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The Drop: Why Drop-in Centers Matter

The temperature drop is upon us and unsurprisingly, more young people who are homeless and alone have been trying to fix their situation. They are working hard to apply for jobs and glance nervously at the calendar as they check in on their housing status. Every day, Stella holds her breath waiting for the call that says her application has been approved.

The drop has also brought new faces into Stepping Stones. Over the course of just two days this past week, three new young people made their first visit to the drop-in center. They came separately–one from his friend’s couch, the other from a shelter, the third from a tent outside, and from different towns, too–most people think Stepping Stones is only open to Nashua residents, but we actually serve many of the smaller towns in the area, such as Amherst, Brookline, Hollis, Hudson, Litchfield, Lyndeborough, Mason, Merrimack, Milford, Mont Vernon, Pelham and Wilton. They need different things and each have their own story.

In many ways, the only thing they really have in common is that they are homeless and need help. Luckily for them, that is all it takes to belong at Stepping Stones.

Agencies like Stepping Stones are called drop-in centers because those in need can stop in without an appointment to receive on-demand service–food, showers, clothing, laundry machine, resources, and a place to receive mail and store belongings. Drop-in centers do not provide overnight shelter (though we hope to someday in the near future!), but they have clean, warm water, wireless internet, and comfortable spaces for young people to gather for enrichment, rest, and to work on their goals. We help them apply for housing and jobs, certificate programs, and all kinds of resources designed to support them become self-sufficient adults.

When a homeless young person first comes into Stepping Stones they know they need housing, but the path to get there feels insurmountable. They know that even their peers with jobs and supportive families struggle to get their first place, so imagine how discouraged they feel when they have neither of those resources.

They are never wrong to keep their eyes set on the long-term goal of a place to live, but what they learn at the drop-in center is all of the other little steps they need to take before they can move in. Here they get guidance from knowledgeable, compassionate adults who always try to provide them with more than one possible solution to any problem, who know the steps to take and the people to call.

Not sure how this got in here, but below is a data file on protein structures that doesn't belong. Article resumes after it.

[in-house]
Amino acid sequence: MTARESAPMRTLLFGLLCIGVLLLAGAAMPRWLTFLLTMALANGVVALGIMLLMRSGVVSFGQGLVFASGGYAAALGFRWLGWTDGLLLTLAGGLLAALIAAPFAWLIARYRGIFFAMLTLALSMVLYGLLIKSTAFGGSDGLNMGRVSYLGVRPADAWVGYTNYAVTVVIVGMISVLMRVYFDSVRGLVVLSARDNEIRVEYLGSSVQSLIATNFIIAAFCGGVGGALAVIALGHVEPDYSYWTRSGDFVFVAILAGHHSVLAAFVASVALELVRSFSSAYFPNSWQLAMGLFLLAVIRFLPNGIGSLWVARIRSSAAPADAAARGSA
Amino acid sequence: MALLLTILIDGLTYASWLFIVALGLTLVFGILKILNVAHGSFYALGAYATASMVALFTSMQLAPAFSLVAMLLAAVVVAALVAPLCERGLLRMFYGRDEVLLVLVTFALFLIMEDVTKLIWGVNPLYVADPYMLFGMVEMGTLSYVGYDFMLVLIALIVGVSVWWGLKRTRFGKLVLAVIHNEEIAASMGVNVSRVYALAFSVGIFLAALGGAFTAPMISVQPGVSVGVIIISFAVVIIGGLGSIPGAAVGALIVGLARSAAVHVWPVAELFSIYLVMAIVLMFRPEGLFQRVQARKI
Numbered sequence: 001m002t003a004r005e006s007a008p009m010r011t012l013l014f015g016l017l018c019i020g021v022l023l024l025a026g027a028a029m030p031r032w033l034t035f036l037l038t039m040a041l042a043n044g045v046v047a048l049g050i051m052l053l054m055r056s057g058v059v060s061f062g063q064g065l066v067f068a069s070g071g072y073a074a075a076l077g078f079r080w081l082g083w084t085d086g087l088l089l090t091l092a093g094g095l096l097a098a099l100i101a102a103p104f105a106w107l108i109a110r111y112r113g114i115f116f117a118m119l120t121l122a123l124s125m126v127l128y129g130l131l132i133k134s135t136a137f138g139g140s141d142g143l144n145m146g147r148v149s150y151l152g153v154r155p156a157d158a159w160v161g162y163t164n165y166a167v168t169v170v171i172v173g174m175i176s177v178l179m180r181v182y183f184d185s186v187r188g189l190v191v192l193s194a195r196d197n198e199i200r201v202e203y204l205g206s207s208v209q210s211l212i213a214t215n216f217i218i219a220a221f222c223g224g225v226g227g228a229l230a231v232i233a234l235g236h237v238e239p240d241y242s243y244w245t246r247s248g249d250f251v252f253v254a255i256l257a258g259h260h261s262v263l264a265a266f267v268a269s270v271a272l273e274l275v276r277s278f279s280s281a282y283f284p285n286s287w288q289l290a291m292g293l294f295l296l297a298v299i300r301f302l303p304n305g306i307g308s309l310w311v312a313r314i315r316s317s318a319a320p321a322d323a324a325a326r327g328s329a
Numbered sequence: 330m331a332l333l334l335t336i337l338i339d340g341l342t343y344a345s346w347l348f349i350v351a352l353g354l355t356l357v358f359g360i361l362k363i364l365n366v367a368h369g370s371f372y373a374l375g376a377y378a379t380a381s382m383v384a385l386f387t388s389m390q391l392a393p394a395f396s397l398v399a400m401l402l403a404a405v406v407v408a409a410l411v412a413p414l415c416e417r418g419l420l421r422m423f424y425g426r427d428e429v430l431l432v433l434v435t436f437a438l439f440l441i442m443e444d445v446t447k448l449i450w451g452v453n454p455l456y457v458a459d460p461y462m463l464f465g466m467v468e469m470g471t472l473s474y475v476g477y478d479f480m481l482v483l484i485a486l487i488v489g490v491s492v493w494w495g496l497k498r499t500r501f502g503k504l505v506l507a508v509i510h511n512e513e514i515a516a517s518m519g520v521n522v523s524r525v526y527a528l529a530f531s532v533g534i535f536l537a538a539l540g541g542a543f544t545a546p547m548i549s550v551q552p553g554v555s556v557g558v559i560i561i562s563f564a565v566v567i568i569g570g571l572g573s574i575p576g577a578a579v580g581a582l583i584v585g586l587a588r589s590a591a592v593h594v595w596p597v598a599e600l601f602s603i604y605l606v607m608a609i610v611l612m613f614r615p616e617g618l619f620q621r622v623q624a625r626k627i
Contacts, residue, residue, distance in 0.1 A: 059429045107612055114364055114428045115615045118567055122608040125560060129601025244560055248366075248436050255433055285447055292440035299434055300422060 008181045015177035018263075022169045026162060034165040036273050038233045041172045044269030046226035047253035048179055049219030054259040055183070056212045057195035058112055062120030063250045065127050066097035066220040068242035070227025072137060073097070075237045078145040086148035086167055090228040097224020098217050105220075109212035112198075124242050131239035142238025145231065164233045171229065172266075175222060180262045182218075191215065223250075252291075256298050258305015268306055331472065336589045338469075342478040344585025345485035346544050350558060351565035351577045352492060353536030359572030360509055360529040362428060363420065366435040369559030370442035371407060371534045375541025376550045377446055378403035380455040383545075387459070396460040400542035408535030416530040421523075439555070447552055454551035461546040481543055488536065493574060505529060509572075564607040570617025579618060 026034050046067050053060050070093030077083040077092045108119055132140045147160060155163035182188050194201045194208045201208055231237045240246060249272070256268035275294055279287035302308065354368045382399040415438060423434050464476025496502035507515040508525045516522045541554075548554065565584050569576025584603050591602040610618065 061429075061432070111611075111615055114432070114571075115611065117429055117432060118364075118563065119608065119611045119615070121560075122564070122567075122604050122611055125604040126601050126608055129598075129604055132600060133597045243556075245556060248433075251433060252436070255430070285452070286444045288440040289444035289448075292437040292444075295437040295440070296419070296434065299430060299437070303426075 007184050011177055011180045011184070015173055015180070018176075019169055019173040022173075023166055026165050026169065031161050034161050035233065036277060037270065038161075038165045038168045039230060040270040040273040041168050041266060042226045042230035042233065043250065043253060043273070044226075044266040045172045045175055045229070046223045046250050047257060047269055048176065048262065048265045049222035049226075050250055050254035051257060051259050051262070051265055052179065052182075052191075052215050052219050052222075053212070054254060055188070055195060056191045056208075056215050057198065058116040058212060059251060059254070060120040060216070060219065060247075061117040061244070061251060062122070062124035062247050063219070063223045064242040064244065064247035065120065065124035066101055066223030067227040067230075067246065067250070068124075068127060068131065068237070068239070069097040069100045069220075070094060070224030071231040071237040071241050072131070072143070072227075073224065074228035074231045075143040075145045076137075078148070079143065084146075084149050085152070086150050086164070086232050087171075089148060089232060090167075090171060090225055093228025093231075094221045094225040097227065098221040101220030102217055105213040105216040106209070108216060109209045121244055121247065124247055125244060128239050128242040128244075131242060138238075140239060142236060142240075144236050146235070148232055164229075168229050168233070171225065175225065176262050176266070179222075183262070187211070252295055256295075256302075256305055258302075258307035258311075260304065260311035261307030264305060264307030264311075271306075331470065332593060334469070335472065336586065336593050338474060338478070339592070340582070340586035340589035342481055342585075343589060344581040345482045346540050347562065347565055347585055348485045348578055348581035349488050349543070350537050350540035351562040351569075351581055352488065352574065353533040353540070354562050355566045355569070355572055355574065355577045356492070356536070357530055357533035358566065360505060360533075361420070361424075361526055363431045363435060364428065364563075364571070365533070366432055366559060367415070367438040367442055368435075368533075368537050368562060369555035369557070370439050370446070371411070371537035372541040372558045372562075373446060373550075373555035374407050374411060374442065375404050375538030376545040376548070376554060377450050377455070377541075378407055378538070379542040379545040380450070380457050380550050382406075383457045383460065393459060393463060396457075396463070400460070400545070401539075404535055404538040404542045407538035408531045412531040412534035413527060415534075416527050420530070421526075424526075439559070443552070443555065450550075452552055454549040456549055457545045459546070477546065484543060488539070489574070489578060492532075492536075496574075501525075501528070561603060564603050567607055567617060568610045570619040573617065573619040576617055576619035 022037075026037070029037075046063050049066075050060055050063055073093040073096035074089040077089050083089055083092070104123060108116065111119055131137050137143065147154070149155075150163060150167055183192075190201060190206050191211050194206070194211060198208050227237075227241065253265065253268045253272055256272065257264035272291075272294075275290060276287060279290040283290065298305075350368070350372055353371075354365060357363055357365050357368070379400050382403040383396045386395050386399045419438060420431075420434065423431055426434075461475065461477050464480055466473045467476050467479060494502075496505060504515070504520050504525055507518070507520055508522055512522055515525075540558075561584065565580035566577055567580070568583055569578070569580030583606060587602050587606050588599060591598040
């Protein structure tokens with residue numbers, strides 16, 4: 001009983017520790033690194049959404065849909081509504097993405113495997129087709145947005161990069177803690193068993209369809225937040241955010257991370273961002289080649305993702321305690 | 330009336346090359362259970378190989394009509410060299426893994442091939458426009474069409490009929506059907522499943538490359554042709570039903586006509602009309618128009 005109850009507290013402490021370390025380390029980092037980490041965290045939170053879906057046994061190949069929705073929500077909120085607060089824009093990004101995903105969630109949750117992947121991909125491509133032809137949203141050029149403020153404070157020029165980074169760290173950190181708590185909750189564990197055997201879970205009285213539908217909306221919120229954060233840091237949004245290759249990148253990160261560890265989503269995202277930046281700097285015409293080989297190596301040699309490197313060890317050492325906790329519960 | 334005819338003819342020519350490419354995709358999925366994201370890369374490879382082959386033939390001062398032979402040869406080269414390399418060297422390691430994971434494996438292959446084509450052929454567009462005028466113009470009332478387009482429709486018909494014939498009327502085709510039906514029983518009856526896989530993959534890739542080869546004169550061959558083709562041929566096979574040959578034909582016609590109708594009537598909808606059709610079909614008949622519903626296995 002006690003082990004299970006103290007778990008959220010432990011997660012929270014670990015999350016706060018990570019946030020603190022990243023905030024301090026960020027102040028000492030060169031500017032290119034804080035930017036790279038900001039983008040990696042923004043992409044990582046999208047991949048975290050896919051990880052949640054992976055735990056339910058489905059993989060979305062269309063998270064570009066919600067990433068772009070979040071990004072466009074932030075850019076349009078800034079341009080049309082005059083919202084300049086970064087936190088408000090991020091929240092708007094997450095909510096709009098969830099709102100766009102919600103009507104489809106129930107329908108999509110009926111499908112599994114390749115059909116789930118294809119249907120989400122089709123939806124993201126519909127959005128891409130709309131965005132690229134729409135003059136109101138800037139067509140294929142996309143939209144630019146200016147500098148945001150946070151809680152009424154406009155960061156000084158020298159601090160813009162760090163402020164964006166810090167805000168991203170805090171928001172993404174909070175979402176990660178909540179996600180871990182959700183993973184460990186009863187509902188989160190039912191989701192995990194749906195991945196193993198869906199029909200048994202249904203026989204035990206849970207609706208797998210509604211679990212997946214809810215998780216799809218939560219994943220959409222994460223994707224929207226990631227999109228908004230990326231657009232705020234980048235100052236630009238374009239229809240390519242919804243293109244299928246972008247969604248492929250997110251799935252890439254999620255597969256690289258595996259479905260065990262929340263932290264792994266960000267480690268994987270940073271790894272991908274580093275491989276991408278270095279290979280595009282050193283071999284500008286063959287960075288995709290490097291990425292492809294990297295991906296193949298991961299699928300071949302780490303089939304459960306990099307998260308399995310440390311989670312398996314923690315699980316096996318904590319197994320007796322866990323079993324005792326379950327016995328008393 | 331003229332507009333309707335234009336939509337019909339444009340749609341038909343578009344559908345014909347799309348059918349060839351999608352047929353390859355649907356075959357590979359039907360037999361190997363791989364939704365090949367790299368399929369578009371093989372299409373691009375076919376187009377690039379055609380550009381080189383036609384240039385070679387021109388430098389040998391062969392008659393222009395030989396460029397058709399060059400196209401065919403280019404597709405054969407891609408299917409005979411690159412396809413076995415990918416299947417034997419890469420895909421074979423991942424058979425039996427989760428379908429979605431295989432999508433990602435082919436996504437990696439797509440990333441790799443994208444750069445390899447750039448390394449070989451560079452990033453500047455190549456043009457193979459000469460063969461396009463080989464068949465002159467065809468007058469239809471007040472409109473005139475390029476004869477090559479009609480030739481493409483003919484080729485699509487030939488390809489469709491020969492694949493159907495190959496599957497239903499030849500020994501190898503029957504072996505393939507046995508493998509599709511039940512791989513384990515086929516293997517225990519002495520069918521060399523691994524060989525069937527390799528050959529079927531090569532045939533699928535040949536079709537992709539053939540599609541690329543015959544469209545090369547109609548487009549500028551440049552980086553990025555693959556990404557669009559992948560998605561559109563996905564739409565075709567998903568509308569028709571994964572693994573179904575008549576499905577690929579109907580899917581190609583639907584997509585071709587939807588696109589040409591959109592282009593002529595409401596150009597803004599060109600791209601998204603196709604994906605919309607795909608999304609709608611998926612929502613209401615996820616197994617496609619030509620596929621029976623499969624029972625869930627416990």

But the first step they all must take is finding a place where they can feel safe. Think about the last time you felt unsafe. Did you feel ready to plan your future? To make an important phone call? To attend a job interview or apply for college? We know that people cannot reach their best potential until they reach a state of peace and calm. If nothing else, Stepping Stones can offer them that. For many of them, the drop-in center is the first place where they have felt safe in many years, or in some cases, their whole life.

A young person who came to us recently was fleeing an exploitative situation where her housing was conditional on her having sex with the homeowner; despite being outside our service area, we took her in because there are no drop-in centers where she lived and she needed to be as far from her abuser as possible. Coordinating with her school district, we found her a safe place to stay at night. Stepping Stones is somewhere she can go to plan her next step.

Recent research has revealed that homeless young people associate drop-in centers with stronger positive outcomes (according to Chapin Hall, the leading think tank on homelessness and adversity in the U.S.). The young people who come to us are living proof of that. Those that have found housing and jobs credit Stepping Stones as their life-line, and the many others who are still working on those goals only began to see them as attainable after they started coming here. Their gratitude to Stepping Stones and its supporters is infectious, but they deserve some credit, too. After all, their path out of homelessness only began because of their brave decision to take a step through our doors.

That’s why when we say “We’re glad you dropped in,” we really mean it.

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